Information Literacy Models

Information literacy (IL) is a foundational and fundamental competence and capability for being successful in the complex and changing information landscape (Wocke, 2018). From this definition, that I posted earlier on this blog, it is clear that IL is a description of competence in information handling skills. Information specialists, such as teacher librarians (TL), have long implemented IL models with which to scaffold the development of IL skills.

From Lamb’s (2001) schematic comparison of IL models, to Lupton’s (2012)more recent comparison (see right) and Laferla’s presentation (see below) as well as many similar sources on the Web, it is clear that these models describe the same basic process. Although there are individual differences, these models seem to share a common range of steps: “seeking/gathering, selecting, evaluating, analysing, organising and presenting information” (Lupton, 2012). Non-essential differences exist between the models, mostly reflecting the preference, experience or emphasis of their specific creators. TLs and librarians can choose IL models that suit their personal philosophy, as well as the curriculum and culture of their schools.

Kuhlthau’s Information Search Process (ISP) is especially appealing to me because it places the learner in the center, in that it describes the feelings, thoughts and actions of the learner during the information seeking process. This approach aligns best with the Approaches to Teaching and Learning (IBO, 2014)and the Learner Profile (IBO, 2013)that the International Baccalaureate, whose programs our school deliver, prescribes. In recent years Kuhlthau, Maniotis and Caspari (2015) improved on the ISP by adapting it for the inquiry-based approach to learning, which they named Guided Inquiry (see my next blog post: YES to Guided Inquiry).


References

International Baccalaureate Organization (IBO). (2013). Learner profile. Retrieved May 2, 2018, from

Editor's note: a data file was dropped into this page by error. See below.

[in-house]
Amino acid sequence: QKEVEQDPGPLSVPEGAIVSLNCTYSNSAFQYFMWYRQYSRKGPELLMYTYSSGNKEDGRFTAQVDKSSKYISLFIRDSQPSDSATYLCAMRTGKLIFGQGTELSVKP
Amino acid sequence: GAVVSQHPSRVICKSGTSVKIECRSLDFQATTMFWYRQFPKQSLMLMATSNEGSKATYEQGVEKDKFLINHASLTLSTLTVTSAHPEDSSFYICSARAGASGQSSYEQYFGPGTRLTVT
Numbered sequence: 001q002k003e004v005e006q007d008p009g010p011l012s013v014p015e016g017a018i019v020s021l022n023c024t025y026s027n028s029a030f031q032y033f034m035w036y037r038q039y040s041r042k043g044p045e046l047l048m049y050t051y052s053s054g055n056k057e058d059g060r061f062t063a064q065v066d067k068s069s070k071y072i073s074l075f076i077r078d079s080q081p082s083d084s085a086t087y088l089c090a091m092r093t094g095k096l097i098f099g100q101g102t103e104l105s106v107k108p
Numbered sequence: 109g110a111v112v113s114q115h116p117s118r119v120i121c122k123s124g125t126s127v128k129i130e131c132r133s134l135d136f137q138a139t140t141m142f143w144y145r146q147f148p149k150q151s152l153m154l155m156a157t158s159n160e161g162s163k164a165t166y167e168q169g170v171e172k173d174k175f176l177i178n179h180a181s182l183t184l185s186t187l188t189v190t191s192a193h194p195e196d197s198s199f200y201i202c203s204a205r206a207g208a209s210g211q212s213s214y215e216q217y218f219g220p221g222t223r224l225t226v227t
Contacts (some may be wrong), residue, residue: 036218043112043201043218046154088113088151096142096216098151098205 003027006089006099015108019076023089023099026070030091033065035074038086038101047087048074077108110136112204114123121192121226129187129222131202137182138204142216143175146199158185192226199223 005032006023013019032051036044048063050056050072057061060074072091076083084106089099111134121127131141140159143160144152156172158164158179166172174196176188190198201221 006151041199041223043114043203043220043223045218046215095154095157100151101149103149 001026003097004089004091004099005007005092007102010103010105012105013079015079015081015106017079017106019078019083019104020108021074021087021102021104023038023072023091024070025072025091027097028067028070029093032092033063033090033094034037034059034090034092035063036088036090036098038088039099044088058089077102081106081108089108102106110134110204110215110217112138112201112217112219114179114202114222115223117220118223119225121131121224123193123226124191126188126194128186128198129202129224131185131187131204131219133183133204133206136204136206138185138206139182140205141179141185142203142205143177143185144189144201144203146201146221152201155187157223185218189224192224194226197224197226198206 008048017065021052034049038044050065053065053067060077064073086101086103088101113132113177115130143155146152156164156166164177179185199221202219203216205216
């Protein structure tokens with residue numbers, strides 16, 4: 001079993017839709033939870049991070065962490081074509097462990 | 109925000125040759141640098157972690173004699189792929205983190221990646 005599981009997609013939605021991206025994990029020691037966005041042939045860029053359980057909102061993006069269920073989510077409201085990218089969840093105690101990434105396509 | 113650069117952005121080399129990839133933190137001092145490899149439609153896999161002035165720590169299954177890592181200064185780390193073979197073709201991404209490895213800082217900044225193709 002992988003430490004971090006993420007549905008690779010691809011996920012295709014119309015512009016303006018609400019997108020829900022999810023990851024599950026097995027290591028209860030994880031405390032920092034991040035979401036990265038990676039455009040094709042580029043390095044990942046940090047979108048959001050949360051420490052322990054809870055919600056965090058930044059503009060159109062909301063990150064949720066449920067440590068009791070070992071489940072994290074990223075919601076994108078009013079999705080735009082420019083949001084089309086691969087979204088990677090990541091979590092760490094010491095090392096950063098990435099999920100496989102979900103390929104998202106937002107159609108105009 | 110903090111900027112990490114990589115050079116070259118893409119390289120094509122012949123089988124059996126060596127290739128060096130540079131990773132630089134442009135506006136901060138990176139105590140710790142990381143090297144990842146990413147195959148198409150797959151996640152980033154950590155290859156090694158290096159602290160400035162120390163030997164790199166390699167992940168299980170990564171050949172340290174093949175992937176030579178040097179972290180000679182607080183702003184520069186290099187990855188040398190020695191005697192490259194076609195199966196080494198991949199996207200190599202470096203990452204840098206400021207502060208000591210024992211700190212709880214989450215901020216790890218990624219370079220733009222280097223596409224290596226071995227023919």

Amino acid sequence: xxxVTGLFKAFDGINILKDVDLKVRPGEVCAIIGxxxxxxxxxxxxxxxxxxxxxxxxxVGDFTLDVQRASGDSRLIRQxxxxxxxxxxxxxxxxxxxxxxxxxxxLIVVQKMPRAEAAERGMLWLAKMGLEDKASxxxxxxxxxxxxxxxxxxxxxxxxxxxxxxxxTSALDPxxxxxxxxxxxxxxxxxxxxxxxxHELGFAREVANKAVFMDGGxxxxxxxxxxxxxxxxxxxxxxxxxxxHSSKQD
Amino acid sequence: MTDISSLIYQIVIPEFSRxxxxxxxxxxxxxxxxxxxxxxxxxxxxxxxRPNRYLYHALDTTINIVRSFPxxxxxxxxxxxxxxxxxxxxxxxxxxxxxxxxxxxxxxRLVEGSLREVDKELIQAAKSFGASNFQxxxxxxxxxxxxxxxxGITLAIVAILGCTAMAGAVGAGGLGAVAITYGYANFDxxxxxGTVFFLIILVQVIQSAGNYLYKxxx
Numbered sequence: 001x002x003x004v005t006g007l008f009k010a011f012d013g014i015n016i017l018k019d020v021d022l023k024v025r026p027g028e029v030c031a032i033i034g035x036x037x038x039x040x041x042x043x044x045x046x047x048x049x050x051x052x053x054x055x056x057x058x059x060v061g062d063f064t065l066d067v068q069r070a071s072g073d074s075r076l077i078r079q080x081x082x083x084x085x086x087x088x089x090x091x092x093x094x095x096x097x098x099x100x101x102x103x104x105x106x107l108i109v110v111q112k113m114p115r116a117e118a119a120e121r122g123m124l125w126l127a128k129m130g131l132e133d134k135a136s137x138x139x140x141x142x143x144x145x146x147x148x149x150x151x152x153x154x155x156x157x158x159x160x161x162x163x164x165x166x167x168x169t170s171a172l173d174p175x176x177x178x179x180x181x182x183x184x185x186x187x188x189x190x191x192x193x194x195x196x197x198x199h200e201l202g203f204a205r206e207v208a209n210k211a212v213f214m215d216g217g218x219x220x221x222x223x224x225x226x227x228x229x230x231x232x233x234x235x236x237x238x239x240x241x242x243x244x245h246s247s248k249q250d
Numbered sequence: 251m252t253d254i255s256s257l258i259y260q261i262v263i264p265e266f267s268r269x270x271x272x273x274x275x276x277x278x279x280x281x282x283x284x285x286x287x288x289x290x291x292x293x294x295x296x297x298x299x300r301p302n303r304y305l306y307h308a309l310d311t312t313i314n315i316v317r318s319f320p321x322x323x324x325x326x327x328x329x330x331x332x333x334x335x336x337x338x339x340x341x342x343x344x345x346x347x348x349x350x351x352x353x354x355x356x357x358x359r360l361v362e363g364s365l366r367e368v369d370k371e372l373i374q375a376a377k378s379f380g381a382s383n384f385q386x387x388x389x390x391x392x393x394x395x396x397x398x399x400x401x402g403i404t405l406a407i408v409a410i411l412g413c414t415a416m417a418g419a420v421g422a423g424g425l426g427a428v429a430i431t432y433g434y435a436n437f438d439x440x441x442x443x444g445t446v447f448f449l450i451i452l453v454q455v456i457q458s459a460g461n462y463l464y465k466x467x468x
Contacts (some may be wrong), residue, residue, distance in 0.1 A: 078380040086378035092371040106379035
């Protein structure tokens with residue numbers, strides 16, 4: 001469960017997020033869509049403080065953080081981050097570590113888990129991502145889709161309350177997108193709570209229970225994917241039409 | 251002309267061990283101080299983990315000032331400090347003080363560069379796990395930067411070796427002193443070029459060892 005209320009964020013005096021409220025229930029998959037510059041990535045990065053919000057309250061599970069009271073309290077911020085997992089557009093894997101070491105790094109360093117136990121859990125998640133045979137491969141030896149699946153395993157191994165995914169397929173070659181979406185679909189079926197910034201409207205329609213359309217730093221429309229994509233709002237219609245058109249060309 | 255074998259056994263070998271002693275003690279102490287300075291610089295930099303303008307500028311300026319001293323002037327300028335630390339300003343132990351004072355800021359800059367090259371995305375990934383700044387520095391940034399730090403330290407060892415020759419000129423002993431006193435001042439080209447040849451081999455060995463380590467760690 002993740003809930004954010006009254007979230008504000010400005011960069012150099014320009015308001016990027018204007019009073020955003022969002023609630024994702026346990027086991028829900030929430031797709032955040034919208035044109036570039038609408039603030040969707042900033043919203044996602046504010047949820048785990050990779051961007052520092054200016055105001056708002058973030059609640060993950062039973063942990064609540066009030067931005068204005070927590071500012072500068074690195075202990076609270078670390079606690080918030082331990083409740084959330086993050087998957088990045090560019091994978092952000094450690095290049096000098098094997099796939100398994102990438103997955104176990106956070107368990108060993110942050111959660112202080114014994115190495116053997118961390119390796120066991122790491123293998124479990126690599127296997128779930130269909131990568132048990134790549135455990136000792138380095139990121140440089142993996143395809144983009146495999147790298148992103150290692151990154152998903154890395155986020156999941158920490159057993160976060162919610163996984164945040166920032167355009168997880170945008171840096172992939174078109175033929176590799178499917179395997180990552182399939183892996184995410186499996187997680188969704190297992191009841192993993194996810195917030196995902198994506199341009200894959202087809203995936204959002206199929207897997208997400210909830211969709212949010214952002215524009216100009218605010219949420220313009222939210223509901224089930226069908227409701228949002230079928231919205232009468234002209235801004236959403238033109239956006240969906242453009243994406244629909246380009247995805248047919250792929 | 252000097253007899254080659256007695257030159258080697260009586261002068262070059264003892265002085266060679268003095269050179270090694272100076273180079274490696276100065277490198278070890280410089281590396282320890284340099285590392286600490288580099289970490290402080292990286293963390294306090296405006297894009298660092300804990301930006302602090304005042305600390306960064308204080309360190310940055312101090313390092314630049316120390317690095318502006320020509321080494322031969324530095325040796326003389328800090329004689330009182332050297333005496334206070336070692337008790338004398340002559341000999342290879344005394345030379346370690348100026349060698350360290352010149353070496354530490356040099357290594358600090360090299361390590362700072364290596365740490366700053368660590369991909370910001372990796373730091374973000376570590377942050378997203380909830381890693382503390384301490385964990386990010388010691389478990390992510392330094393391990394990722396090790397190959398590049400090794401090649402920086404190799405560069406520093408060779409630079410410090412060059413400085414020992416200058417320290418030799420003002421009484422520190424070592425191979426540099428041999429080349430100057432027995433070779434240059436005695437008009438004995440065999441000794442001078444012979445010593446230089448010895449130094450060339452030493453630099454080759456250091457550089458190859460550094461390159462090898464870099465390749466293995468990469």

https://www.ibo.org/contentassets/fd82f70643ef4086b7d3f292cc214962/learner-profile-en.pdf

International Baccalaureate Organization (IBO). (2014). Approaches to teaching and learning in the International Baccalaureate (IB) Diploma
Programme
. Retrieved May 2, 2018, from https://www.ibo.org/globalassets/digital-tookit/flyers-and-artworks/approaches-to-teaching-
learning-dp-en.pdf

Kuhlthau, C. C. (n.d.). Information search process. Retrieved May 1, 2018, from Rutgers School of Information and Communication website:

Information Search Process

Kuhlthau, C. C. (2010). Guided inquiry: School libraries in the 21st century. School Libraries Worldwide, 16(1), 17-28. Retrieved from
https://bit.ly/2w1hNjx

Kuhlthau, C. C., Maniotes, L. K., & Caspari, A. K. (2015). Guided inquiry: Learning in the 21st century. Santa Barbara, CA: Libraries Unlimited,
an imprint of ABC-CLIO.

Laferla, C. (2011, October 2). Information literacy standards & models. Retrieved May 1, 2018, from

Lamb, A. (2001, May). Information and communication literacy model comparison [PDF]. Retrieved from
http://eduscapes.com/instruction/articles/topic71model.pdf

Lupton, M. (2012, August 22). [Comparison of information literacy models by Mandy Lupton]. Retrieved from
https://inquirylearningblog.files.wordpress.com/2012/08/screen-shot-2012-08-22-at-2-30-09-pm2.png

Lupton, M. (2012, August 22). Inquiry learning & information literacy [Blog post]. Retrieved from Inquiry learning website:
What is inquiry learning?

Wocke, G. (2018, April 26). Information literacy: A commentary [Blog post]. Retrieved from Gretha Reflecting website:

INFORMATION LITERACY – A COMMENTARY

Wocke, G. (2018, April 30). YES to Guided Inquiry [Blog post]. Retrieved from Gretha Reflecting website:
https://thinkspace.csu.edu.au/grethaw/2018/04/26/yes-to-guided-inquiry/

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